The janjawids have been sent throughout the country as a mobile force, notably in the regions of the Blue Nile, Jebel Al-Nuba, and Kordofan, where they have terrorized civilians and carried out looting, rape, massacres, and persecution. In Damazin in 2013 and in Kassala in 2018, all these regions’ civilians were accused due to their ethnic origin of supporting or participating in rebel forces like SLA (Sudan Liberation Army), SPLM (Sudan Popular Liberation Movement), or JEM (Justice and Equality Movement).
In May 2019, isolated groups of the RSF attempted to evict the demonstrators in the Plaza. On May 13th, they killed four demonstrators and wounded thirty more with bullets. The demonstrators clearly identified the assailants as janjawids. After these events, Burhan, the president of the Military Council, promised to “open an investigation” of the members of the RSF responsible for the murders. But the Security Forces then arbitrarily arrested six Darfurian soldiers, demanding they confess on national television and imprisoning them, even though some of them weren’t in the neighborhood of the attack when it happened. People denounced this deception on social media networks.
Several other attacks were led by RSF members around the entry points of the Plaza, especially around May 25th; they killed many people and wounded and arrested others. The government officially acknowledged these attacks and justified them, saying that the location was occupied by prostitutes and drug dealers.
On June 3rd, the 29thday of Ramadan, columns of RSF vehicles entered the capital with Security Service cars and removed the regular police and military. They represented a convoy of more than 10,000 members sent to the capital from all the regions of Sudan. They began to shoot bullets into the crowd around 6 AM, burning the tents in the Plaza and arresting demonstrators and throwing them into pickup trucks. They used the Khartoum University and mosque buildings to hold people for three days, beating and torturing them. Some died due to the horrible conditions of this detention. Survivors have offered chilling testimony about the treatment they suffered. Many other people were killed or wounded by bullets; the health ministry has admitted to 61 deaths on June 3rd, while credible sources report over 100 fatalities, including 19 children. The janjawids also raped dozens of women, attempted to rape dozens more, and posted triumphant videos on social media networks. Altogether, more than 500 people were wounded among the inhabitants of Omdurman and Khartoum, including many beaten, struck down, and left for dead in the middle of the street. Those who tried to assist them were also struck down.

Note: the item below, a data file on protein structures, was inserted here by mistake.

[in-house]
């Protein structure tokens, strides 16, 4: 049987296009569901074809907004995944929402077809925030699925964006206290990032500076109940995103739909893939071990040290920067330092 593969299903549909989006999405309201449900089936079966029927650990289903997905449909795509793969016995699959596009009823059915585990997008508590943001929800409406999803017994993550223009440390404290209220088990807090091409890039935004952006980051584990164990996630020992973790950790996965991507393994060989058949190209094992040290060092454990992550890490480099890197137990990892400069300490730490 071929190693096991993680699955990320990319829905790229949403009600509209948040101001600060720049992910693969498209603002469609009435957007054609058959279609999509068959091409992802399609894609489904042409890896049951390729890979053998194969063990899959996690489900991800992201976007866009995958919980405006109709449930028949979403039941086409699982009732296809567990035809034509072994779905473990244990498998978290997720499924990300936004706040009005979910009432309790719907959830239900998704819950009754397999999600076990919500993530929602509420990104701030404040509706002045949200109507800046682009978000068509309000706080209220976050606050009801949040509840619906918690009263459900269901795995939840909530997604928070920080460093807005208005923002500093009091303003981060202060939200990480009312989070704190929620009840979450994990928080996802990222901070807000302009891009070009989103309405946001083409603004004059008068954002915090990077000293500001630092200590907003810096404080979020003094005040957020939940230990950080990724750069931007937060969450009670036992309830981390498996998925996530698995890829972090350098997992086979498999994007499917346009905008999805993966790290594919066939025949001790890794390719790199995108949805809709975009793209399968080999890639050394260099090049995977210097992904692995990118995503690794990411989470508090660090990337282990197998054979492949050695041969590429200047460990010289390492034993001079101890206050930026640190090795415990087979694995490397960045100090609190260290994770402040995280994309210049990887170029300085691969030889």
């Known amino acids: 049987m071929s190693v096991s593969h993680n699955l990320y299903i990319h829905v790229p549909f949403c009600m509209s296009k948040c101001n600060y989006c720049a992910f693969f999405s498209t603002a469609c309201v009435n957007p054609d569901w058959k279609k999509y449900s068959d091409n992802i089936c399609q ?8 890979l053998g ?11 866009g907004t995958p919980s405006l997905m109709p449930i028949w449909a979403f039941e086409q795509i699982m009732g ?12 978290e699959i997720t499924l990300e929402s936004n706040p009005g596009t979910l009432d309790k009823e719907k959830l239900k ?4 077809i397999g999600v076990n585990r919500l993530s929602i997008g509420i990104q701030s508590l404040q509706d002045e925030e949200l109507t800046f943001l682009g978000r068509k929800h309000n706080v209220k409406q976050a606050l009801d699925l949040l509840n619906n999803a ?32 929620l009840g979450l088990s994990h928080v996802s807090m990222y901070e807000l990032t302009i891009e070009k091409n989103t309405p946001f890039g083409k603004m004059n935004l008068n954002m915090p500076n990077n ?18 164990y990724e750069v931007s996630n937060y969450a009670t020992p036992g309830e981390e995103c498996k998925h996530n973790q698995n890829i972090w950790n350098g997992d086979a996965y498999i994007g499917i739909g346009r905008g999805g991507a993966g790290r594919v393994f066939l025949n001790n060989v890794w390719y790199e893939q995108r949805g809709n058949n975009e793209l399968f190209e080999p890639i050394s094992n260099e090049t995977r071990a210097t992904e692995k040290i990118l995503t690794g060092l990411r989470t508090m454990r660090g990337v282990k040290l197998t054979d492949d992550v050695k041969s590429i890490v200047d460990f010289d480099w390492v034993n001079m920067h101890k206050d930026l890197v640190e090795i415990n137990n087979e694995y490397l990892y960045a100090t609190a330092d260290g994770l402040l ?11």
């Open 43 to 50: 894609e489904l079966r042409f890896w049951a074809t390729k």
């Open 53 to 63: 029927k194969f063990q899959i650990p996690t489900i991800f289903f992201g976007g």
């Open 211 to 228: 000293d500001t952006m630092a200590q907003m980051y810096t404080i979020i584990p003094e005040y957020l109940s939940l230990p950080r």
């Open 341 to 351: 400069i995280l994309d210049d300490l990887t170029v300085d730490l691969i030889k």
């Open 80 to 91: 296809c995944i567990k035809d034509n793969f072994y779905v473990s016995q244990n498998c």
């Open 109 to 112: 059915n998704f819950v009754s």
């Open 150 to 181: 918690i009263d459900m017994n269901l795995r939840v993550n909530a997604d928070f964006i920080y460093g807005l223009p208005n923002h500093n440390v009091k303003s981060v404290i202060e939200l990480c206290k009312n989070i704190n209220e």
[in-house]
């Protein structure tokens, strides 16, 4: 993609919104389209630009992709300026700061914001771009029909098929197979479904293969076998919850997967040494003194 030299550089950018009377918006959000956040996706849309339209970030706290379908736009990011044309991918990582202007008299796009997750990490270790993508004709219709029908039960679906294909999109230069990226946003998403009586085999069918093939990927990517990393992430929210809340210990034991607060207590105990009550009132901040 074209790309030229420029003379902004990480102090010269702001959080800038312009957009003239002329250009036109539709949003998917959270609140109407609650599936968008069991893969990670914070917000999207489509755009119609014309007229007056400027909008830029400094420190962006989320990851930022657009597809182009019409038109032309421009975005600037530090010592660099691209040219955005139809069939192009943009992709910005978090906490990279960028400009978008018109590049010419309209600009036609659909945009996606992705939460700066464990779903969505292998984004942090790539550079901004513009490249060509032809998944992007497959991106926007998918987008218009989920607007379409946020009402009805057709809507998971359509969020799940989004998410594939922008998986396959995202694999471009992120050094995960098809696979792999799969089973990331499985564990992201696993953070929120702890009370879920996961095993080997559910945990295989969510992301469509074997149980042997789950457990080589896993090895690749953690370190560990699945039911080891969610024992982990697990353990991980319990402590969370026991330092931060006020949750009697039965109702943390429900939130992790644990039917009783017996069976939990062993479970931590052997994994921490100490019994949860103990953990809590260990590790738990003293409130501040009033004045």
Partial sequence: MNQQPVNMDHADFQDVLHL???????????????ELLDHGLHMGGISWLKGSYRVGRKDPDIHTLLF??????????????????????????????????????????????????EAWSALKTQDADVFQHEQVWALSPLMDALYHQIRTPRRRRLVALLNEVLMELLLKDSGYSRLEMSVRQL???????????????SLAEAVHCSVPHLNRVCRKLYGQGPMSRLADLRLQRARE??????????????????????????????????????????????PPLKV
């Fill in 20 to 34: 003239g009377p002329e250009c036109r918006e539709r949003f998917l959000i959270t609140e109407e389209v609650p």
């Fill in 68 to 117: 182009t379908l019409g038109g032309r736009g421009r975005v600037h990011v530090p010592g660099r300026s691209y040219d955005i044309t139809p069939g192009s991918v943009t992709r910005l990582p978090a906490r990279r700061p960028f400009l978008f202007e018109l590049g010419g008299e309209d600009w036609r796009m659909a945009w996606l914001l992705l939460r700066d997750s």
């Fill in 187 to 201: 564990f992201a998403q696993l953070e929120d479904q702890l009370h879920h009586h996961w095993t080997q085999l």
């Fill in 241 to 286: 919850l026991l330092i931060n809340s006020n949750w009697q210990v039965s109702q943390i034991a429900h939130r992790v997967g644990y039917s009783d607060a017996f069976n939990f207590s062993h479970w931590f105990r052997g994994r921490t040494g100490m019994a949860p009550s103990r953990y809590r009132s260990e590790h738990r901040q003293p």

The RSF also entered other neighborhoods in Khartoum and Omdurman, attacking civilians at random. They destroyed stores, pharmacies, and cars. Stray bullets killed some people in their houses. They entered hospitals, beating doctors and threatening them with death if they treated demonstrators, raping women and striking the wounded. They arrested the opposition, including Yasser Saïd Arman, leader of a branch of the SPLM. The members of the office of the Sudanese Professional Association have been in hiding since then.
The day after the massacre, the Military Council announced the nullification of all the agreements and gains from the negotiations up to that point with the Sudanese Professional Association and suspended all further negotiations. They announced that there will be elections in 2020, and we already know what the results will be if they’re controlled by Burhan and Hemedti.
The Sudanese continue to demonstrate, closing routes and roads, erecting barricades and burning tires; the capital is the scene of a civil war.